Ethiopia - Northern Ethiopia Humanitarian Update Situation Report, 10 Mar 2022



  • Ongoing hostilities continue to increase humanitarian needs with a growing number of displaced people in Afar and Amhara.

  • About 100 metric tons of health and nutrition supplies were airlifted during the reporting week to Mekelle, Tigray.

  • Only about 10,000 people and about 22,500 refugees were assisted with food during the reporting period in Tigray.

  • More than 102,000 displaced people were reached with essential health service in Amhara during February.

  • About 87,000 people were assisted with food in Afar during the reporting week, while high energy biscuits were distributed to more than 5,000 newly displaced people.


Situation Overview

The overall situation in northern Ethiopia is still highly tense and unpredictable. The situation in some parts of Afar region continues to deteriorate with armed clashes reported during the reporting period in Koneba, Abala, Megale, Erebti, and Dalol, all in Kilbeti Zone (Zone 2). Sporadic clashes were also reported in Amhara along bordering areas with Tigray in Wag Hamra, North Wello and North Gondar zones leading to increasing displacement into Zekuala, Sekota, Kobo, and Zarima woredas.

The ongoing hostilities continue to hinder sustained humanitarian programming, affect civilian lives, their safety, restrict their access to livelihood, and is notably increasing humanitarian needs with a continuing and growing number of displaced people daily. The ongoing clashes in Zone 2 in Afar have reportedly displaced few hundred thousand people since in January 2022. Partners have not been t able to verify the exact numbers of IDPs due to lack of access in hard to reach areas.

There are an estimated 14 sites for internally displaced people (IDPs) in Zone 2, which remain inaccessible due to the active conflict, depriving civilians from receiving or accessing humanitarian assistance and livelihoods sources. Afdera and Guya IDP sites are the only locations where limited assistance is being provided by the regional government authorities and a few humanitarians partners.

The ongoing fighting also continues to block the Semera-Abala-Mekelle route, further exacerbating the flow of humanitarian supplies into Tigray, combined with the limited supplies allowed in before mid-December, mainly due to earlier administrative measures, forcing humanitarian partners to either reduce their operations significantly or halt them. There are currently 37 partners (7 UN agencies, 16 INGOs, 11 NNGOs and 3 Government partners) operating in Tigray compared to 47 partners in January. Supplies and fuel stock for humanitarian response in the region is almost entirely exhausted. Partners are forced to suspend food dispatch only when their transporters can access some fuel locally and remain forced to distribute reduced rations. Among food partners, for instance, there is only less than 600 litres of fuel available (excluding contingency stock) as of 08 March.

Due to lack of assistance, loss of livelihoods and dysfunctional markets, the majority of households in Tigray resorted to negative coping mechanisms, including selling harvest to pay off debts, begging, limiting meal portion sizes and reducing the number of meals per day. Households in urban areas, especially female-headed households, those currently displaced or recently returned, and households with at least one member with disabilities, were found to be particularly heavily reliant on community support to make ends meet.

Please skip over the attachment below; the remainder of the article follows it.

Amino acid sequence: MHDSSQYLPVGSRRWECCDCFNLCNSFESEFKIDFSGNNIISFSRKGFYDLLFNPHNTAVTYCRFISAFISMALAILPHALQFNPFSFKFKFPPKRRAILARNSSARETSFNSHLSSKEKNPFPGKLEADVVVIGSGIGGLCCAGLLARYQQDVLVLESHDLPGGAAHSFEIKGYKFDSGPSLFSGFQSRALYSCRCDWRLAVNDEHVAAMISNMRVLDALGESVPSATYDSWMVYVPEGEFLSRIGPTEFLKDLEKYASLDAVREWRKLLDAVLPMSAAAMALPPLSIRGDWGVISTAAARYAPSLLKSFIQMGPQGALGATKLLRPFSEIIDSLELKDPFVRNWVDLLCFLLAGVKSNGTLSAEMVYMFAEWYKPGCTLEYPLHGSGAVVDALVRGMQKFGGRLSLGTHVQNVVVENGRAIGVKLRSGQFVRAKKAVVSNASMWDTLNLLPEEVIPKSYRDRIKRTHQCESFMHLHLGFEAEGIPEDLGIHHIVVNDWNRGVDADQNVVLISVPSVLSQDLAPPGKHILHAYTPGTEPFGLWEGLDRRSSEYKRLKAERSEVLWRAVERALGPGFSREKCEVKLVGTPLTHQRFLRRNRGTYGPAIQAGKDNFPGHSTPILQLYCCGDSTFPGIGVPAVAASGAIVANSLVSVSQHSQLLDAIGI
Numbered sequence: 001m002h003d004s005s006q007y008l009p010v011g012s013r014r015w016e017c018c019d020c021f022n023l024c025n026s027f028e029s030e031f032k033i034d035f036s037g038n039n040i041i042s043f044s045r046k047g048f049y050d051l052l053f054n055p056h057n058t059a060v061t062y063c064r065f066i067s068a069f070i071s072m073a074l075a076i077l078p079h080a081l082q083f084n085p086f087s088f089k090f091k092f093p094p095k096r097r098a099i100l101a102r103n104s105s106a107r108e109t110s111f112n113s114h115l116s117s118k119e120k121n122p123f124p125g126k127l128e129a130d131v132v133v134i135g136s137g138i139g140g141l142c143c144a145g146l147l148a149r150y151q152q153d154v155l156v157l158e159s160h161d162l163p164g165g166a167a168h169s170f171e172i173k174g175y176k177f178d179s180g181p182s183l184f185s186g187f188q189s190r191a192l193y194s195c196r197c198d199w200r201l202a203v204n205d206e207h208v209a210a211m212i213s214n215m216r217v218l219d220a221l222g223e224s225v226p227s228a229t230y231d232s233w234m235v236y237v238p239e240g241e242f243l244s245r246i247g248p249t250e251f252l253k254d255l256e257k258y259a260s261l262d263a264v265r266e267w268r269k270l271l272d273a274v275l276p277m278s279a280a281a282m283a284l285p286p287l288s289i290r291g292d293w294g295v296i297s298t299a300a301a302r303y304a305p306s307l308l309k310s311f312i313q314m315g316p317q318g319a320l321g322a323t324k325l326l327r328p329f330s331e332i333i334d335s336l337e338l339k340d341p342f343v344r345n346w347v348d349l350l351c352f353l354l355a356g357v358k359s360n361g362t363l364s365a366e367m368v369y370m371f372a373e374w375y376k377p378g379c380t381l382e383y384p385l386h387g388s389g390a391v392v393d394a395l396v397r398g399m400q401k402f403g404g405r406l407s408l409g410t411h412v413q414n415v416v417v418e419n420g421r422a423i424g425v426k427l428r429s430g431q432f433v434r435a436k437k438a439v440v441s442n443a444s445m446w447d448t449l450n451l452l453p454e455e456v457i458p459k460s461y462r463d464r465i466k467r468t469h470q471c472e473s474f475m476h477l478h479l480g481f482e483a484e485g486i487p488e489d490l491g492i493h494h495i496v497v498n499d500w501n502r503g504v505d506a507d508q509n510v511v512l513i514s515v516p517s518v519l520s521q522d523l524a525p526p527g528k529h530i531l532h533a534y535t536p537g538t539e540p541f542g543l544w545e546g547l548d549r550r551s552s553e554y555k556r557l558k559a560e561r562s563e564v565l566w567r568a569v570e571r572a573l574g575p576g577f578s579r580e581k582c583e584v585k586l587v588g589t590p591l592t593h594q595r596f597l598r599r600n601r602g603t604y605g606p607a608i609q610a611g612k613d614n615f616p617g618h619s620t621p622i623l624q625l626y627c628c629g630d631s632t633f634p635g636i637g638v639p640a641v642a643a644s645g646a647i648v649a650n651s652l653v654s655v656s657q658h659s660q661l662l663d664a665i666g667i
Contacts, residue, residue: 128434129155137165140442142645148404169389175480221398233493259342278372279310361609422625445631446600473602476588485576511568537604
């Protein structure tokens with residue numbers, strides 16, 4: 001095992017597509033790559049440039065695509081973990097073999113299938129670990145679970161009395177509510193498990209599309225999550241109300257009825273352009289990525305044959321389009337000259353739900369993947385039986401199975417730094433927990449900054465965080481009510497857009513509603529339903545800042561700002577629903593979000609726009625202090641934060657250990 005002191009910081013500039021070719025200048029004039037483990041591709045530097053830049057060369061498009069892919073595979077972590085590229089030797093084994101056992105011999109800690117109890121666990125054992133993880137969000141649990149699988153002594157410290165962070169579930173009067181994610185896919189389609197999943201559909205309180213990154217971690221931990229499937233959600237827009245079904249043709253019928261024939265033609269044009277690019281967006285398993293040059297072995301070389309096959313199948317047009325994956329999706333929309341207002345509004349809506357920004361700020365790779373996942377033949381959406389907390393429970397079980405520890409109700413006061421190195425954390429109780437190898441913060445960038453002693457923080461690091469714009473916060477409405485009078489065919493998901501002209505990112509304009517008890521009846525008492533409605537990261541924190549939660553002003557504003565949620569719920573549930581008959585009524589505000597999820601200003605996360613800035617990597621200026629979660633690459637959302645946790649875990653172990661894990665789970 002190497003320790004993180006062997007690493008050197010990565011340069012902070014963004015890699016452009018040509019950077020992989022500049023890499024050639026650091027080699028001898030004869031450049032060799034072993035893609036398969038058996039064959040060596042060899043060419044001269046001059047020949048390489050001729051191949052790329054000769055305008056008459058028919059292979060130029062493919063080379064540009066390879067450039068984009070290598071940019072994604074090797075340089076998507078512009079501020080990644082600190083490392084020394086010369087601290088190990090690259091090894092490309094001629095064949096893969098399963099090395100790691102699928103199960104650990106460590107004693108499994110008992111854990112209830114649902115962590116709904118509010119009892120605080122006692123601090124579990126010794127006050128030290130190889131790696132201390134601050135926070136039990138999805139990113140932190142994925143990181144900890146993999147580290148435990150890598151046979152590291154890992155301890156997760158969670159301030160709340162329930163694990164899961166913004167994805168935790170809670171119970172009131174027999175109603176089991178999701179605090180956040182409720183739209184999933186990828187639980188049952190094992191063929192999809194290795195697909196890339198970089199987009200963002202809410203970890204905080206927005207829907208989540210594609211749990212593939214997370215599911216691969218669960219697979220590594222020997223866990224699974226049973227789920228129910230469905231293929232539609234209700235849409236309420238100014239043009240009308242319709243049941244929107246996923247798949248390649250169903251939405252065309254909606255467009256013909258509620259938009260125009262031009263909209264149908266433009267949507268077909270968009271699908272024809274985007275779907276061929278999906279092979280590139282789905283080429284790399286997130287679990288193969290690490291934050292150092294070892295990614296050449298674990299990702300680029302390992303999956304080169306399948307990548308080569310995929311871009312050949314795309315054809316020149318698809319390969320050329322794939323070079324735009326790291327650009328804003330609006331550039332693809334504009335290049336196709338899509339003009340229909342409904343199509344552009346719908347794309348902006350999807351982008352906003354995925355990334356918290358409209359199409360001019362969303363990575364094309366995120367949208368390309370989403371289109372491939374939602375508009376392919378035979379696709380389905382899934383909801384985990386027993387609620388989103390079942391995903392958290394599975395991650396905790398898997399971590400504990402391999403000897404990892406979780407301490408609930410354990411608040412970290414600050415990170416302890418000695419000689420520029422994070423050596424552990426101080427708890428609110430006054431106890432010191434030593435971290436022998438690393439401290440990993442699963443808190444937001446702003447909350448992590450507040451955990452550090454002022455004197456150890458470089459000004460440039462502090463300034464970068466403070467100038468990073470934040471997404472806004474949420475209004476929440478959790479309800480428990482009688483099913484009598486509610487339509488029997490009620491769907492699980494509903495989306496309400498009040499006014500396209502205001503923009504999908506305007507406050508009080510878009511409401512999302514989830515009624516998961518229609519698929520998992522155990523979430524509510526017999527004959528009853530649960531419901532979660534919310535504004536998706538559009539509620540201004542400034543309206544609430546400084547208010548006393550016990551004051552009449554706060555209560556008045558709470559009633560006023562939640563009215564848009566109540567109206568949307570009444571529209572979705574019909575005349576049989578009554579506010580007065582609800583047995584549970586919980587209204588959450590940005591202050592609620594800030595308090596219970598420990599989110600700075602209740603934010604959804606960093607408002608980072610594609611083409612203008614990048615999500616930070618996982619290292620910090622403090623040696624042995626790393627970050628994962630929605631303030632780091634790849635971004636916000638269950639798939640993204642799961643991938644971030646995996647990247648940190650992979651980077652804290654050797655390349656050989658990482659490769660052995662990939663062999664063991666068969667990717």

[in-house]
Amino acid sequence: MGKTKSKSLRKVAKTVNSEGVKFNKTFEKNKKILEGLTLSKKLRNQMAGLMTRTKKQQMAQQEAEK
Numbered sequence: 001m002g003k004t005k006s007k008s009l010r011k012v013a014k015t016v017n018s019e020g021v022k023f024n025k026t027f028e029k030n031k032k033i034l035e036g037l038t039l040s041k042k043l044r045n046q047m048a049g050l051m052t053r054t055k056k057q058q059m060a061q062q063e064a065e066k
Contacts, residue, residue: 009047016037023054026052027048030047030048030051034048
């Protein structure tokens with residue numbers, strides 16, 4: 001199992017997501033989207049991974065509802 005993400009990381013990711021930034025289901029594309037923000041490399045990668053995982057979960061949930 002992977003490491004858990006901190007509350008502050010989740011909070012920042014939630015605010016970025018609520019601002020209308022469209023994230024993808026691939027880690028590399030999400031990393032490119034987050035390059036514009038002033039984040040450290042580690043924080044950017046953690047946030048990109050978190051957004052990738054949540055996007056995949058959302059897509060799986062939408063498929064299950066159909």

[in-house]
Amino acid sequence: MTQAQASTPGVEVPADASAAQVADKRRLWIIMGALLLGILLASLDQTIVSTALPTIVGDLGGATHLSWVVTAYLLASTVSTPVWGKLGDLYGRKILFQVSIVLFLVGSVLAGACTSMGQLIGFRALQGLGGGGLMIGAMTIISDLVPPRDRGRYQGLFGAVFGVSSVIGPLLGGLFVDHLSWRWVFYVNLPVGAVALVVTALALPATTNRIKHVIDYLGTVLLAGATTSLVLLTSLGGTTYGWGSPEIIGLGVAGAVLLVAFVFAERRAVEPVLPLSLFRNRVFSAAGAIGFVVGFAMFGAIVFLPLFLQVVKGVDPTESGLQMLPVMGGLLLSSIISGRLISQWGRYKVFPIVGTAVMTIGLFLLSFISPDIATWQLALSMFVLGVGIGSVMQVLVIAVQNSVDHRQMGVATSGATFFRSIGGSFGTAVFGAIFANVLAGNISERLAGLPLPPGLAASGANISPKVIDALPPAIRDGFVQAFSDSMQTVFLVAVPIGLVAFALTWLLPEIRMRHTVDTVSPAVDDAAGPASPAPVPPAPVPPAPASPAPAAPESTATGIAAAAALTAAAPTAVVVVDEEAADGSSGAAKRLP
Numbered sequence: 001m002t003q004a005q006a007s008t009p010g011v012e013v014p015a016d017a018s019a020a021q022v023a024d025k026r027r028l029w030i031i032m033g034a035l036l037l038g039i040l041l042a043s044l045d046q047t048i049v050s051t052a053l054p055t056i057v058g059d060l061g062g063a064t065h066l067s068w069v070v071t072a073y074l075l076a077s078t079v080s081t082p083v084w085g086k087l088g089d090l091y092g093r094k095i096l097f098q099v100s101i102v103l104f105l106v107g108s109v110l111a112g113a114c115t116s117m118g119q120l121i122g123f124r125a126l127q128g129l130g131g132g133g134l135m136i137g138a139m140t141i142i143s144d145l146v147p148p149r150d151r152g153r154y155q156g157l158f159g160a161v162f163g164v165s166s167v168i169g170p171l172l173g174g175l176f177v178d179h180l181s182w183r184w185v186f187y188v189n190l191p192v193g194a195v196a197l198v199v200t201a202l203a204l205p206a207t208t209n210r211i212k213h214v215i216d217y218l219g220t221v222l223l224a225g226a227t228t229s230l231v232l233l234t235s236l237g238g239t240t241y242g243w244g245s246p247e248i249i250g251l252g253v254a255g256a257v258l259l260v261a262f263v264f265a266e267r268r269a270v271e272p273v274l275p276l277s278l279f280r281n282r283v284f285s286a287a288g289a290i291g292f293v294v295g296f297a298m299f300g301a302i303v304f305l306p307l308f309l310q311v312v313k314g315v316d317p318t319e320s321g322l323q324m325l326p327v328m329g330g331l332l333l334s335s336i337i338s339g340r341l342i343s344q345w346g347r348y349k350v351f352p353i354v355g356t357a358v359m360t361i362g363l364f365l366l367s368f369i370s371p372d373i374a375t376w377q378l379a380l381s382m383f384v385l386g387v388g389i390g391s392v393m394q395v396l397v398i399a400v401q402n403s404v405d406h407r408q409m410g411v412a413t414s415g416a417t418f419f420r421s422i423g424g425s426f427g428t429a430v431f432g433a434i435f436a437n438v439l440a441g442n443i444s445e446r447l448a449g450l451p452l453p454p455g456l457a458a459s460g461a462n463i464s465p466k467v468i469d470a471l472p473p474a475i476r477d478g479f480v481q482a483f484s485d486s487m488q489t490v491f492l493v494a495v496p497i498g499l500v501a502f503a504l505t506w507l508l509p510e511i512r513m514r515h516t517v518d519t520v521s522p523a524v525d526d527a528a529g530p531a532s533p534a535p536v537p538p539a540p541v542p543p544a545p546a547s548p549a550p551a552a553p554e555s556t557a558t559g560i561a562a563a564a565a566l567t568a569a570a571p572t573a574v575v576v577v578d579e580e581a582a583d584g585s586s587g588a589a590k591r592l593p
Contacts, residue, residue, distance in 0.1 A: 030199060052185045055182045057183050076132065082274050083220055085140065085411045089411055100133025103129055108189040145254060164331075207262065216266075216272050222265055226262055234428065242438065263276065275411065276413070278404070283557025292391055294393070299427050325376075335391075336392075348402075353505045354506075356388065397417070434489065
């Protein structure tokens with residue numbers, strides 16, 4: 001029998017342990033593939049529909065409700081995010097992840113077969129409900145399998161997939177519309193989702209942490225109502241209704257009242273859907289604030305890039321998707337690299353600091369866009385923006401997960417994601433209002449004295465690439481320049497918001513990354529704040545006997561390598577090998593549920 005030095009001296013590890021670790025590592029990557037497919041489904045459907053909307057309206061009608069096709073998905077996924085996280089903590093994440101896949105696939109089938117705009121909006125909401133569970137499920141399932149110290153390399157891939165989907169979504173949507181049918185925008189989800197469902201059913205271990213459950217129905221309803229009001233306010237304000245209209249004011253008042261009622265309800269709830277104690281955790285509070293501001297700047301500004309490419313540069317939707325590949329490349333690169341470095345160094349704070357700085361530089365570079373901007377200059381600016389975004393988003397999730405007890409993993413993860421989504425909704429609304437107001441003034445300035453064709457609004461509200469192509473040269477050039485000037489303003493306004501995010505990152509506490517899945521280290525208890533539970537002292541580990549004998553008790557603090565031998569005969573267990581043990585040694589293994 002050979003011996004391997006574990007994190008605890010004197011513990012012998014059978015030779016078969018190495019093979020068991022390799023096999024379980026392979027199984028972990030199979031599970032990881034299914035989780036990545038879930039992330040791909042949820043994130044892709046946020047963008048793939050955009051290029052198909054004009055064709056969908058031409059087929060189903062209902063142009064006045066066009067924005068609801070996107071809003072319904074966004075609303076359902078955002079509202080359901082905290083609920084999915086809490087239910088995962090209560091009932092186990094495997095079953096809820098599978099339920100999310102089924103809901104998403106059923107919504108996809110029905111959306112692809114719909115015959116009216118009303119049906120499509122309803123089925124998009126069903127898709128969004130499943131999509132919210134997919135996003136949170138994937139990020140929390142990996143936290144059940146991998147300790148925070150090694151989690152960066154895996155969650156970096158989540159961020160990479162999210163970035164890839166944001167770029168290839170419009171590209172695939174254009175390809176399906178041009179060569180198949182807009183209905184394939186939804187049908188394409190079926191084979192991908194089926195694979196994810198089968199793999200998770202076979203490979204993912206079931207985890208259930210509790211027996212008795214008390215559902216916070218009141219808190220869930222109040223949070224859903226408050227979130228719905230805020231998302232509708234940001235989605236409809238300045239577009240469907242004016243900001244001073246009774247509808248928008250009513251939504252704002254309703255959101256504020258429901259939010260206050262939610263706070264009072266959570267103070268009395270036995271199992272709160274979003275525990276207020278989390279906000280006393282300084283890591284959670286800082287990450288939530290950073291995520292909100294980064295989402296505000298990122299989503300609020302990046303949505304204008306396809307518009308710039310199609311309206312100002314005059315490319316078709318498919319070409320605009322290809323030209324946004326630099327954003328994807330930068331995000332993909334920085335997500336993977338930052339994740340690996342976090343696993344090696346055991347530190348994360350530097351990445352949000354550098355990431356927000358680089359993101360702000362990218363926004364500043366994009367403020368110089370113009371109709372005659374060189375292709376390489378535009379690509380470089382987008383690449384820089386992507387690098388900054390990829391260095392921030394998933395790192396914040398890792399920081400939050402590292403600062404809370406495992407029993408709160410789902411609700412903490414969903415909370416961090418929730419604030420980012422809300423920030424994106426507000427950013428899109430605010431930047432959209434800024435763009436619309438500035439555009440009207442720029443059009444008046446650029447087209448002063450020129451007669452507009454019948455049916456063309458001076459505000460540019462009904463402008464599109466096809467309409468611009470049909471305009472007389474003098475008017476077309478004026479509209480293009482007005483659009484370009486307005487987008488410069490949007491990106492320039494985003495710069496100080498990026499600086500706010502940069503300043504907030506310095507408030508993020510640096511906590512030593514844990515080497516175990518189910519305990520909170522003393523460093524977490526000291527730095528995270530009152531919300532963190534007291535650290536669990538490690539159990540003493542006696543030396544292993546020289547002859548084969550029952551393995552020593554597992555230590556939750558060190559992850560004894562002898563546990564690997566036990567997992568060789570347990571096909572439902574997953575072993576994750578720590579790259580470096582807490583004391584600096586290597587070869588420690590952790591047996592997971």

Meanwhile, between 1 and 7 March, three humanitarian partners airlifted 99.6 metric tons (MT) of urgent medical (5.1 MT) and nutrition (94.5 MT) supplies to Mekelle, Tigray. The nutritional supplies included Ready to Use Therapeutic Food (RUTF) for the treatment young children with severe acute malnutrition (SAM). In total, 4,000 boxes of RUTF, 160 cartons of therapeutic milk (F-75) were airlifted to Mekelle by 4 March. In addition, 60 MT of Ready to Use Supplementary Food (RUSF) for managing moderate acute malnutrition were airlifted to Mekelle during the reporting week. About 454,000 children are estimated to be malnourished in Tigray, including more than 115,000 children severely malnourished. About 120,000 pregnant and lactating women (PLW) are also estimated to be malnourished. The airlifting, however, remain limited to low quantities up to 5-13 MT per flight and prioritized to the most urgent supplies.

Part of the supplies airlifted were distributed to health facilities, while distribution of the remaining supplies is ongoing and will be fully dispatched in few weeks. Lack of fuel remains an obstacle to dispatching supplies from Mekelle to other locations in Tigray. Medical supplies delivered to Mekelle general hospital, Quiha general hospital and Fereminatos hospital, all in Mekelle area. In Southern Zone, the supplies delivered to Korem general hospital, Alamata general hospital, Mokoni hospital and the L/Karel general hospital.

In Amhara, over 1,800 IDPs, many of them are women and children, were relocated from the Sunflower IDP site in Debre Birhan, in North Shewa Zone, to a warehouse on 5 March after the owner of the building cut off water and electricity supply and prevented humanitarian partners from accessing the area. The new site lacks basic services such as water or latrines. In North Wello Zone, the number of IDPs in Kobo area continues to increase with current estimates by the zonal authorities at about 53,000 IDPs. Some of the IDPs have been displaced multiple times in the past eight months and are highly vulnerable.


UN Office for the Coordination of Humanitarian Affairs
To learn more about OCHA's activities, please visit